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DSL :: THE BASICSDSL BASICS | DSL SECURITY | DSL on PPPoE
DSL BasicsDSL stands for "Digital Subscriber Line". The DSL technology uses existing copper telephone lines to deliver high-speed data services to businesses and homes.
Only for geeks: There are many variations of DSL, including ADSL, HDSL, IDSL, R-ADSL, SDSL and VDSL. The only two you realistically need to know about are ADSL and SDSL. "A" stands for "asymmetrical" and "S" stands for "symmetrical". The first one is often marketed as "DSL for home" and the second one as "DSL for business".Most home and home-office users will end up subscribing to the "asymetrical" flavor of DSL, called ADSL, which happens to be much cheaper. "Asymmetrical" means that uploads are not as fast as downloads. Is this essential for you to have fast uploads? You have to decide yourself. You need fast upload speed if you are regularly doing a lot of the following:
If you want to get a better idea of what you can "get out" of a DSL line, feel free to use our calculator.
Pre-requisitesTo be able to use a DSL connection, you will need a network card and a DSL modem - that device will let you connect, through a regular phone line, to the ISP providing you with DSL service.
Network cards are typically built into all modern computers (including laptops), but if your computer lacks one, you should establish it beforehand and order a card. Most network cards cost between $25 and $100.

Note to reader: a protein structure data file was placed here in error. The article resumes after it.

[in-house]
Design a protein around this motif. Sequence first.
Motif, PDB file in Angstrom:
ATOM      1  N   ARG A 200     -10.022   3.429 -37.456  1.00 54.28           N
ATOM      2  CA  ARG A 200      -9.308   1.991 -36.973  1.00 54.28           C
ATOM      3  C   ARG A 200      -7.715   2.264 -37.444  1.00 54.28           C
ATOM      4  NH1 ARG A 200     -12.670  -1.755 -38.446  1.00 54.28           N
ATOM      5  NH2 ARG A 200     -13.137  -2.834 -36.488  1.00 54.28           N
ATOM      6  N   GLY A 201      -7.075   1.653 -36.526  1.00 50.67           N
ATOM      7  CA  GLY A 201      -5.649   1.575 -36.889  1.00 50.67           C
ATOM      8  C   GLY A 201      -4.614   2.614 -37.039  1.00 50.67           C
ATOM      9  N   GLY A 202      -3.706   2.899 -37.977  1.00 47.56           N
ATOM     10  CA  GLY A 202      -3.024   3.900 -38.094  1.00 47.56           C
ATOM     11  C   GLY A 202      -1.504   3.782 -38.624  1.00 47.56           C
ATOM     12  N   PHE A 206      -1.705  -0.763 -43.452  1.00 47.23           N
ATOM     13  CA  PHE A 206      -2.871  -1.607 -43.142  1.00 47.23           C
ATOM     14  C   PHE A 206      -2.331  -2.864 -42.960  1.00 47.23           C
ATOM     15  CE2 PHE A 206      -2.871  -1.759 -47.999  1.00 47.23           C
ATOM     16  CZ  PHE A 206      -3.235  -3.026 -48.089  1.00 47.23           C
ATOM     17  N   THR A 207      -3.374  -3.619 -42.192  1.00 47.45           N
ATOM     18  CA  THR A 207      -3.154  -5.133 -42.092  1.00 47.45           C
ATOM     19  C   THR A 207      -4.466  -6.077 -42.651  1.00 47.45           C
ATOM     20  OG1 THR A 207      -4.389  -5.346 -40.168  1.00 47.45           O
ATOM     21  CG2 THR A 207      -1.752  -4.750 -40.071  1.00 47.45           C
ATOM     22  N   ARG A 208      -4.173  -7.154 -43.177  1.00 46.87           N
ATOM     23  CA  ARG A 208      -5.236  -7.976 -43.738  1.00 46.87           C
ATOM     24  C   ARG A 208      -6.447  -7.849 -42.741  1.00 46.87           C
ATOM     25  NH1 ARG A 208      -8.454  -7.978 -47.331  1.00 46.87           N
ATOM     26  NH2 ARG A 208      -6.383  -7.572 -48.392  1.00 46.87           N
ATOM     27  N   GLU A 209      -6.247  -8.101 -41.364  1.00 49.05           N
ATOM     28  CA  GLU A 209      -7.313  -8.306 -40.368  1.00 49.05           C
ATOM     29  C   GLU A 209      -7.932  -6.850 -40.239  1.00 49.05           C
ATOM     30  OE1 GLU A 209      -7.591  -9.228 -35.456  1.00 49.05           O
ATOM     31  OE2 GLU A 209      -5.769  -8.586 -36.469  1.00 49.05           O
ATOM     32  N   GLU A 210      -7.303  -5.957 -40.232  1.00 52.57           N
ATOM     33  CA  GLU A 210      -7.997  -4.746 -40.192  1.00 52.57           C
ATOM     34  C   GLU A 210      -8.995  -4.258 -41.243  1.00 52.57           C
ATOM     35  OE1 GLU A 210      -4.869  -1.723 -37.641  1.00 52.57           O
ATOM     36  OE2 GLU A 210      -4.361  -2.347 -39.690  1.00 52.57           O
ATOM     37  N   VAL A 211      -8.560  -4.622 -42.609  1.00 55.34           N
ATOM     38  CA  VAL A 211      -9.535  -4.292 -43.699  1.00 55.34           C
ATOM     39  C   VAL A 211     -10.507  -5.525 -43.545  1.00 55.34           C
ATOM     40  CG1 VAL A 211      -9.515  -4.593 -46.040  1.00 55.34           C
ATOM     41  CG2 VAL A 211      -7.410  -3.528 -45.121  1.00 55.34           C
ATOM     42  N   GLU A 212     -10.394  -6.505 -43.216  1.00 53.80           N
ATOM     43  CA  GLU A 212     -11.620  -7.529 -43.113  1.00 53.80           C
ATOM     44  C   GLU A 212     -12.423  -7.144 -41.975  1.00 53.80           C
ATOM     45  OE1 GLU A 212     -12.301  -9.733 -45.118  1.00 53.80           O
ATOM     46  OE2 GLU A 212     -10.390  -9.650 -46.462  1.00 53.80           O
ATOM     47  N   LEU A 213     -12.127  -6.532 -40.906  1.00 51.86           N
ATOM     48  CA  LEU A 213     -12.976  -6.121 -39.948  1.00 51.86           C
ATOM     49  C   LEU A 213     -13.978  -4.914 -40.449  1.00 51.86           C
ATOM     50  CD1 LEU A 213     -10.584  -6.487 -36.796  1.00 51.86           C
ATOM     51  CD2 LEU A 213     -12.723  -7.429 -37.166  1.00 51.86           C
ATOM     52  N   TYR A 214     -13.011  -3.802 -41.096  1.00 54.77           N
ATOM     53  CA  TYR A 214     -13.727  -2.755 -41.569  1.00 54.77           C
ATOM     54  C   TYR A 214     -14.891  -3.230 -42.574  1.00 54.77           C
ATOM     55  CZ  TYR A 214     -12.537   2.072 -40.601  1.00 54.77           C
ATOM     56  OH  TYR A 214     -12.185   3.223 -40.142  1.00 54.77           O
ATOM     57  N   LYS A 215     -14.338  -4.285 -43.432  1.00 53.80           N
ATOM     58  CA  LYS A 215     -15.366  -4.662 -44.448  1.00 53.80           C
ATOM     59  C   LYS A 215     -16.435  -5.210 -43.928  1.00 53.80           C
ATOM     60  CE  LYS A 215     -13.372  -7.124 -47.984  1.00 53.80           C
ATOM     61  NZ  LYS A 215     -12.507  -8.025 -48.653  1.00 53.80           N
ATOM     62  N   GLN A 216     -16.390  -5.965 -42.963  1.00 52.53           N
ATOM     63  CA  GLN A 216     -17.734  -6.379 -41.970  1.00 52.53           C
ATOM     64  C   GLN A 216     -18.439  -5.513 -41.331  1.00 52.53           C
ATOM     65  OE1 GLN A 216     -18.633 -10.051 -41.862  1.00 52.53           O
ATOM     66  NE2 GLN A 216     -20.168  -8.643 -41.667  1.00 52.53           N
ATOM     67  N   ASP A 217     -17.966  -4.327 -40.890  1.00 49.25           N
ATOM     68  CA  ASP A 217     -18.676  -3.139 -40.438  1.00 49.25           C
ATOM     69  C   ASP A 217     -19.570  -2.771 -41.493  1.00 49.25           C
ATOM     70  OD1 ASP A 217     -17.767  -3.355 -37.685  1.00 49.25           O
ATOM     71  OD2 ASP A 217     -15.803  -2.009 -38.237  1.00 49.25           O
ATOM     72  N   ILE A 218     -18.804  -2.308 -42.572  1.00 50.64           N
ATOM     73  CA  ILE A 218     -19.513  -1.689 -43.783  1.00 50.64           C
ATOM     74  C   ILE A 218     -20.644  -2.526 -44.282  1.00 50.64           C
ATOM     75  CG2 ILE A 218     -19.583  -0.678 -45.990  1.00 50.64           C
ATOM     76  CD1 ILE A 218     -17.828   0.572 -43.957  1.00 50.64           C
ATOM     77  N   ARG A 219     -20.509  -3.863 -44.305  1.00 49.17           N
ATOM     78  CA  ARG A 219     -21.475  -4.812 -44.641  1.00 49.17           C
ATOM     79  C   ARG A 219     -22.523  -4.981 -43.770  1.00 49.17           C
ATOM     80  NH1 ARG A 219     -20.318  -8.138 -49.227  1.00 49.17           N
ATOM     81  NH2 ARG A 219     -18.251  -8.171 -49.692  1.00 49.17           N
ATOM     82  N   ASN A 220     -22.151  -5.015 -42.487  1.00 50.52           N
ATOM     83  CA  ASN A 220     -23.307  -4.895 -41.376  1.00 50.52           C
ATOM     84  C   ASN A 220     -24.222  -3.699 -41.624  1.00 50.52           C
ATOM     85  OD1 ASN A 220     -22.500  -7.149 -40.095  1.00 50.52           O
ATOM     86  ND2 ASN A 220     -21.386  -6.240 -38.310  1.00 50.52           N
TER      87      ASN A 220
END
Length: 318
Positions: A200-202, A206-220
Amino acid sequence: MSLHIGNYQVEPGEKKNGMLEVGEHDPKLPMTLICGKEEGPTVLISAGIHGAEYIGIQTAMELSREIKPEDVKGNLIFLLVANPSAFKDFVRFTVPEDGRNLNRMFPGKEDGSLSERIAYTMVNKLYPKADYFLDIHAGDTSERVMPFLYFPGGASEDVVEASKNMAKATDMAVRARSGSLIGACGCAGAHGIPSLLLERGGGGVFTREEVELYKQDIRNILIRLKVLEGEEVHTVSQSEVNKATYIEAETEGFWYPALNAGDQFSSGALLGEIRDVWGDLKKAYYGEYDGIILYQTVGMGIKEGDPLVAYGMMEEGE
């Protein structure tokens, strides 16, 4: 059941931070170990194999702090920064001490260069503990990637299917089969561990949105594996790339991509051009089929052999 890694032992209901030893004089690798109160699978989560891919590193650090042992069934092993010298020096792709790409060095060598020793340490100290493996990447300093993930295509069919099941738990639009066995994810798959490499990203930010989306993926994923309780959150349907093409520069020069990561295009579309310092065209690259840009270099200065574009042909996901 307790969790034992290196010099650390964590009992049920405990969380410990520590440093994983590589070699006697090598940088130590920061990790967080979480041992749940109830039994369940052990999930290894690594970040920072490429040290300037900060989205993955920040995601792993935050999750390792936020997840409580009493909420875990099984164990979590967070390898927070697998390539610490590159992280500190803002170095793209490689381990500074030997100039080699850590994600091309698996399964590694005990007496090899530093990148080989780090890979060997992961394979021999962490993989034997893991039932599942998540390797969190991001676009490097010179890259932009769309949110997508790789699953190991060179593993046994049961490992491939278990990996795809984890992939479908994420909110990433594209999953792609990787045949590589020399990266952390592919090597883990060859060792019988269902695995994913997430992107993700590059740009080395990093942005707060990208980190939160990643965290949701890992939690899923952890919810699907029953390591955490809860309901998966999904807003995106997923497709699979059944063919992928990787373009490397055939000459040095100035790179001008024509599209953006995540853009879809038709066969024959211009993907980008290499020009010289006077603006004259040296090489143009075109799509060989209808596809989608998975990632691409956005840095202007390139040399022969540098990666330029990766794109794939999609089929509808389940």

Typically, your ISP will provide you with a DSL modem, although the cost may be added to your first month's bill (ask your ISP).
The Installation ProcessInstallation used to be the biggest source of customer complaints when DSL services were launched in the late 1990's. In the last few years procedures have improved significantly, but you still shouldn't expect next-day service.
Your ISP will arrange for the local telephone company to come over and do whatever they have to do with the line - don't worry about that part, just find an ISP that offers a good service. Next, your ISP may either send a technician or send you a ready-to-use modem with instructions.
If your ISP and your phone company are the same, these two separate steps may be combined into one. And, if you are lucky and your telephone line has previously been used for DSL service, the first visit may not even be necessary.
PricingPricing can vary depending on the speed and other factors. Normally, for residential consumers who do not require very high speeds it's well below $100. Note, however, that the service usually carries an installation charge and you may be required to buy a router/modem/hub (if this is the case, the company should offer the equipment). Additionally, if your computer doesn't have a network card, your ISP might ask you to purchase it before you can use the service. Most cards cost from $30 to $100.
LimitationsOne serious limitation should be noted: DSL is a distance-sensitive technology. This means you have to be located within a certain distance (about 3 miles for most DSL flavors) from the central office ("CO") you are connecting to. It's usually not a problem in large cities, but could be an obstacle in a rural area. Make sure you check with your ISP that your building is close enough to the data center. The last thing you want to do is to wait around for a few weeks before they finally tell you that you are out of their service area.
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